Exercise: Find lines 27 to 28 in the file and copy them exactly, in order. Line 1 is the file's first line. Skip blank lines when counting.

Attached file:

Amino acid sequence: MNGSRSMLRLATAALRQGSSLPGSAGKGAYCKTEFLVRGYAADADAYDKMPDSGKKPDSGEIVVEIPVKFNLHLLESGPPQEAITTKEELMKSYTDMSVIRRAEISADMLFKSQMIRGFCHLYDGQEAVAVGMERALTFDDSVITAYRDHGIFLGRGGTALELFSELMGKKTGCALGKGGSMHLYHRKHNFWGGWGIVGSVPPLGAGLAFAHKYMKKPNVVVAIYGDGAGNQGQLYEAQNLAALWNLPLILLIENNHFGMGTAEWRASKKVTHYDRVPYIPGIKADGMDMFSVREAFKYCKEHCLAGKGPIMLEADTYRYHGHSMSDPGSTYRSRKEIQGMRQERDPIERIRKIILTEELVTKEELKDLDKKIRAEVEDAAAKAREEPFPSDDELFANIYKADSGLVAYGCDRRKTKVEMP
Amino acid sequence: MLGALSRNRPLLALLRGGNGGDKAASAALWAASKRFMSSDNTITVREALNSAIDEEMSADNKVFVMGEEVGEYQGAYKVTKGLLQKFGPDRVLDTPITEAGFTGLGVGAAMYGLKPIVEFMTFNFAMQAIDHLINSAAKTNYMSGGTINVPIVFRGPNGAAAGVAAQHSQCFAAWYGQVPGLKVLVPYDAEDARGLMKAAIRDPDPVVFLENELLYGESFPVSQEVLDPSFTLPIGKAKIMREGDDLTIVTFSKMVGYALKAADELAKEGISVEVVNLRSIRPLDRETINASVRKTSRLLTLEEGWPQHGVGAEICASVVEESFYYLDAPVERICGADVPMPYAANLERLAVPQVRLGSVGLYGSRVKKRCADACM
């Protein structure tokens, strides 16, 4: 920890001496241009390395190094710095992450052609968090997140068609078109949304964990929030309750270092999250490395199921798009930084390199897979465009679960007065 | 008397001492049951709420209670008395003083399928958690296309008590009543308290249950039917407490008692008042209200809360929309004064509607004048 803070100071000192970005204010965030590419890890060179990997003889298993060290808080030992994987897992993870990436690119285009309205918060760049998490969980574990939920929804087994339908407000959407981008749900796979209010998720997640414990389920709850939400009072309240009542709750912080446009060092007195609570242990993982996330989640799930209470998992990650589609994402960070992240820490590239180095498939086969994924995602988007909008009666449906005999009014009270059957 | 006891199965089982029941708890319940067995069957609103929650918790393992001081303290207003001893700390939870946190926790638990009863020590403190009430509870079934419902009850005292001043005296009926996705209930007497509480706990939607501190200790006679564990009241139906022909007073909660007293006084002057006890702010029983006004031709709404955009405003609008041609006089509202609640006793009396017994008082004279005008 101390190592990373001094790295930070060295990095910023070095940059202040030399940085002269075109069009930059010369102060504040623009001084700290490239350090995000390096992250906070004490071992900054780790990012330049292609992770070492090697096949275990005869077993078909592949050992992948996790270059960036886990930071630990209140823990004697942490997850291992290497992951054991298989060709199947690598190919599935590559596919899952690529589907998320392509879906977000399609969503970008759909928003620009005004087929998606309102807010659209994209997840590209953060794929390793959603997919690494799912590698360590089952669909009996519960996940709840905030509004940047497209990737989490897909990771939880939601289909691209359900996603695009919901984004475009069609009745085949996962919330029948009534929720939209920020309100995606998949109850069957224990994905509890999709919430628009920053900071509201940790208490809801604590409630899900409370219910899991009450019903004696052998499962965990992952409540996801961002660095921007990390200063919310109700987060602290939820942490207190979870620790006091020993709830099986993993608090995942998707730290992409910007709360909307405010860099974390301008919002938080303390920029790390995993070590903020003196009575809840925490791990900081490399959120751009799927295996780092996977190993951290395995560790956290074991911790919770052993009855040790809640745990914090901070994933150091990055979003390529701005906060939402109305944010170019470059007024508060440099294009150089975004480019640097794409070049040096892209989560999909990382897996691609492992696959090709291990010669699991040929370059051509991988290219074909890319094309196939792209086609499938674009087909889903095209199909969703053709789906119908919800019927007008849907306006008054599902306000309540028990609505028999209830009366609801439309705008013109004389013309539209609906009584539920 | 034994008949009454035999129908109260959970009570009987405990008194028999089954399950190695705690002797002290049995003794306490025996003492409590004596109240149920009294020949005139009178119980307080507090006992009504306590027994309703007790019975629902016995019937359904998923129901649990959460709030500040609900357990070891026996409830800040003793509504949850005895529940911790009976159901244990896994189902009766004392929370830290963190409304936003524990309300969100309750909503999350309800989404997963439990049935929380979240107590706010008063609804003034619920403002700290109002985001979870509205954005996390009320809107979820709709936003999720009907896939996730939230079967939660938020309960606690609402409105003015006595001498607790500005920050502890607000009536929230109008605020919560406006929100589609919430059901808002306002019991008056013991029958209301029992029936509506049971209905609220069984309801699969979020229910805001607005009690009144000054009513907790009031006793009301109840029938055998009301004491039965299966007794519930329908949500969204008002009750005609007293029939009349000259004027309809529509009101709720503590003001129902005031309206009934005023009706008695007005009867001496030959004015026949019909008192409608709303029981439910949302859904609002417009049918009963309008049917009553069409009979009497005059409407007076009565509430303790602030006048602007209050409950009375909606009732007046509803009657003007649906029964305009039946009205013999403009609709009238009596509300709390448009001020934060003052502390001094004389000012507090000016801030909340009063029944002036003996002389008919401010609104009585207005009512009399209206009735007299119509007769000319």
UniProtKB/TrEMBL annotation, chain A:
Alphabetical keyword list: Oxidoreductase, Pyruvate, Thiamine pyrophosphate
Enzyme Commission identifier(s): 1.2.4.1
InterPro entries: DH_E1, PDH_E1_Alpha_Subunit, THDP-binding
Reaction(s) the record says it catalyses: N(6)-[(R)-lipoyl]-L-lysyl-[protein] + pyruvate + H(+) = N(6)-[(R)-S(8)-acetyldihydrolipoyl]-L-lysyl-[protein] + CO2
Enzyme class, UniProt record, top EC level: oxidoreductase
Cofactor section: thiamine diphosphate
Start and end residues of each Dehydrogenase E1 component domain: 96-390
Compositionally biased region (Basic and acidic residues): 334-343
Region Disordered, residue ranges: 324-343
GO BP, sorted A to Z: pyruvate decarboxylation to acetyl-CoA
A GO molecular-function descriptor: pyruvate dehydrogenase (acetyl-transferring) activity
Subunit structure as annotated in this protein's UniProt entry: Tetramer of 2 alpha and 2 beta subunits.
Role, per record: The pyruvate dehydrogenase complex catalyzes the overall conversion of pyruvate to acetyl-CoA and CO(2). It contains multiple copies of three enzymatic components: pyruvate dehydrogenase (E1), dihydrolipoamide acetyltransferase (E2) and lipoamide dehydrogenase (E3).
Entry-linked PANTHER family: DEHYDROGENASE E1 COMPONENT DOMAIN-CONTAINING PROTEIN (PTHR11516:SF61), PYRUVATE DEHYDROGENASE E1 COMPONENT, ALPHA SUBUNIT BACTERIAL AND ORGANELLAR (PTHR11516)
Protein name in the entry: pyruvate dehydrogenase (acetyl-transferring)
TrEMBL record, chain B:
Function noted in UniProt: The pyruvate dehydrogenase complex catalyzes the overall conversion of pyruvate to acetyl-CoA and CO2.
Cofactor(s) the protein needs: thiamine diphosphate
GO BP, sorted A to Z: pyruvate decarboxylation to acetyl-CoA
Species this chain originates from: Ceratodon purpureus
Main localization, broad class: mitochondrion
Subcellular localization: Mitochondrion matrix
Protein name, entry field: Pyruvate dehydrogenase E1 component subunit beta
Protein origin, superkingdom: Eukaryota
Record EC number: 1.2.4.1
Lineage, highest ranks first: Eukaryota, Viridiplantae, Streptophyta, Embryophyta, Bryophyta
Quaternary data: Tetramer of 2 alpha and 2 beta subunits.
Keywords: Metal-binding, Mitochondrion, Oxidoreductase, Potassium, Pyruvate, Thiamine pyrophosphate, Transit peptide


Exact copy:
Protein name, entry field: Pyruvate dehydrogenase E1 component subunit beta
Protein origin, superkingdom: Eukaryota